From Architectural Record writer Clifford Pearson: "Fast-disappearing, Shanghai’s nong tang (lane houses) combine European construction with Chinese notions of tightly packed residential life. From the street, these early-20th-century buildings present gabled facades — respectable and a bit staid. But once you walk through the door to the lane running between the houses, you encounter a messy world of clothes hanging out to dry, shutters flung open, people gossiping, and kids running around. "Neri & Hu Design and Research Office (NHDRO) tried to capture the spirit of a nong tang in its design of the Waterhouse at South Bund, a trio of industrial buildings from the early 1930s converted into a 19-room boutique hotel. Blending old and new, Western and local, the firm turned a nong tang on end. So instead of a series of public-blurring-into-private spaces that unfolds as you walk down an alley, the hotel reveals itself through a number of vertical cuts offering views down and up from guest rooms into public spaces (and vice versa).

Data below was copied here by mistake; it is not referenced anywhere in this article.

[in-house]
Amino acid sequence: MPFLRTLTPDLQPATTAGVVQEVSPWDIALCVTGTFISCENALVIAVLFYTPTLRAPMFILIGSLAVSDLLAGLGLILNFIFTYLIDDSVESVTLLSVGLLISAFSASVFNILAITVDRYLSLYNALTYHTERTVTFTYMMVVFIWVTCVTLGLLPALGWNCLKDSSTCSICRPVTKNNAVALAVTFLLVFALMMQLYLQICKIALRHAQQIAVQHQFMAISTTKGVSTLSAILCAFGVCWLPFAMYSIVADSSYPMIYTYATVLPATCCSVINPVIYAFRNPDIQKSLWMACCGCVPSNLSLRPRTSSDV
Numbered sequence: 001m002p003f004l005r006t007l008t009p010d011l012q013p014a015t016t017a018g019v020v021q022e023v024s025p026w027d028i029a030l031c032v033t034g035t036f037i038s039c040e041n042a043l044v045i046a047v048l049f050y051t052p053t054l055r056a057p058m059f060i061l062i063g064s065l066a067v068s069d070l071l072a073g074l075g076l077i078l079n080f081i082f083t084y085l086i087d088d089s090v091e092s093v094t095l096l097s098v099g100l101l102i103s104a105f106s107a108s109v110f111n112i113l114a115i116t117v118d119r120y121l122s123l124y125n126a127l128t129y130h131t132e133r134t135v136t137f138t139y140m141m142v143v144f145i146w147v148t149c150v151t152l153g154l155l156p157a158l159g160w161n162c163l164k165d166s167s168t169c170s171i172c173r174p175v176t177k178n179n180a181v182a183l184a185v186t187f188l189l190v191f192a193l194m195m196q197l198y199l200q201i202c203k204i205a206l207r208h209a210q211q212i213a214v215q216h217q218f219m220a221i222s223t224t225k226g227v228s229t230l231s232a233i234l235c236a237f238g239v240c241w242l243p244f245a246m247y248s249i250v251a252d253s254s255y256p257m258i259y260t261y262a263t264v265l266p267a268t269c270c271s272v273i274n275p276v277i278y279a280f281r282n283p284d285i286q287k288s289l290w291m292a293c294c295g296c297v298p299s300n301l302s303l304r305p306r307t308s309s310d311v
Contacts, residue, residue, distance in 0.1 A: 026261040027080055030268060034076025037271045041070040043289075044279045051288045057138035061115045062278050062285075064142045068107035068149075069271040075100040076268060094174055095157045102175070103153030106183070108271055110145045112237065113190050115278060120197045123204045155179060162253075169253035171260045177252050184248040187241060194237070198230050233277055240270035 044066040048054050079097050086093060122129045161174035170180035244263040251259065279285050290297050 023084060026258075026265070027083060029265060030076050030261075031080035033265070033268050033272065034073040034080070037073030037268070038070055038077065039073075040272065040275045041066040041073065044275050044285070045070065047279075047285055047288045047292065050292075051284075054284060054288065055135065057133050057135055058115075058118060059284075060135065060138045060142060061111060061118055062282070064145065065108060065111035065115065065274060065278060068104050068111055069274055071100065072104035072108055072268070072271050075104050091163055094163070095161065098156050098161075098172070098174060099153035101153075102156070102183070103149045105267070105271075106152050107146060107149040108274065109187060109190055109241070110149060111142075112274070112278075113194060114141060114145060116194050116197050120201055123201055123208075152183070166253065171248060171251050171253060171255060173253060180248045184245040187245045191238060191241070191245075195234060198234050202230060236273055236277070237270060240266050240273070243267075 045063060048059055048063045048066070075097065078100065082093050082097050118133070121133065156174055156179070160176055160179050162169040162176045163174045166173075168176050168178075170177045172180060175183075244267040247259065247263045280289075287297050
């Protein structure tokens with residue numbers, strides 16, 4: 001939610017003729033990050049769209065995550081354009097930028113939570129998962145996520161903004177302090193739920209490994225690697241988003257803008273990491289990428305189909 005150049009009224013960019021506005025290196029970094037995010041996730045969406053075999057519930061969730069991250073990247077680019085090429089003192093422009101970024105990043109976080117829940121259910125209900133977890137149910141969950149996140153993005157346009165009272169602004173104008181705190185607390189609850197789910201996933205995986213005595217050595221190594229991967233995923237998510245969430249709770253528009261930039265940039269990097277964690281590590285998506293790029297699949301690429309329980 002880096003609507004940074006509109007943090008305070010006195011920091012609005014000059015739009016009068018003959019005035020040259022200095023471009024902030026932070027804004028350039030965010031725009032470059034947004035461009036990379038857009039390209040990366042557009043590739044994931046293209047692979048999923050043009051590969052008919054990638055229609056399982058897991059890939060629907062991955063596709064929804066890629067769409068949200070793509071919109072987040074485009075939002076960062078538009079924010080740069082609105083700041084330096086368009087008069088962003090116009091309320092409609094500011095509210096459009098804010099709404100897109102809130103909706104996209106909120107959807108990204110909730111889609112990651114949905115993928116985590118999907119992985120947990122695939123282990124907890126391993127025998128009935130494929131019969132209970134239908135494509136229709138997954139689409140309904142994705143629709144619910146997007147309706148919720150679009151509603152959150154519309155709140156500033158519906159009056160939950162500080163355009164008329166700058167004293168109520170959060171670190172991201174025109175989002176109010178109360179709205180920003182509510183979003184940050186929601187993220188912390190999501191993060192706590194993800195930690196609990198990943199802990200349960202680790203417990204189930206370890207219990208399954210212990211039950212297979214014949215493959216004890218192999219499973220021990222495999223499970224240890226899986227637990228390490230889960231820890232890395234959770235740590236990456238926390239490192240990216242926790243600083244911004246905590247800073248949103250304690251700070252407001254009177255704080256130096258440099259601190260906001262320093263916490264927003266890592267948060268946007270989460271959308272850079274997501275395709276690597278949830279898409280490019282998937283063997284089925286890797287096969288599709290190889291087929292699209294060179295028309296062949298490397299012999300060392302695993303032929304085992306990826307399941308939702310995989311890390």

"NHDRO exposed other things, too. Instead of refinishing the building’s aging facades and interior surfaces, the firm flaunted decay as a prominent theme. 'We wanted to demonstrate a new way of preserving things,' explains Neri. 'You don’t have to clean it all up.' So they kept the ghosted outlines of floor slabs removed to create the tall lobby space and didn’t touch a small cluster of foam-green tiles mounted in the 1950s and still clinging to one wall of the lobby." Full article with image gallery here. (Photo credit: Derryck Menere.)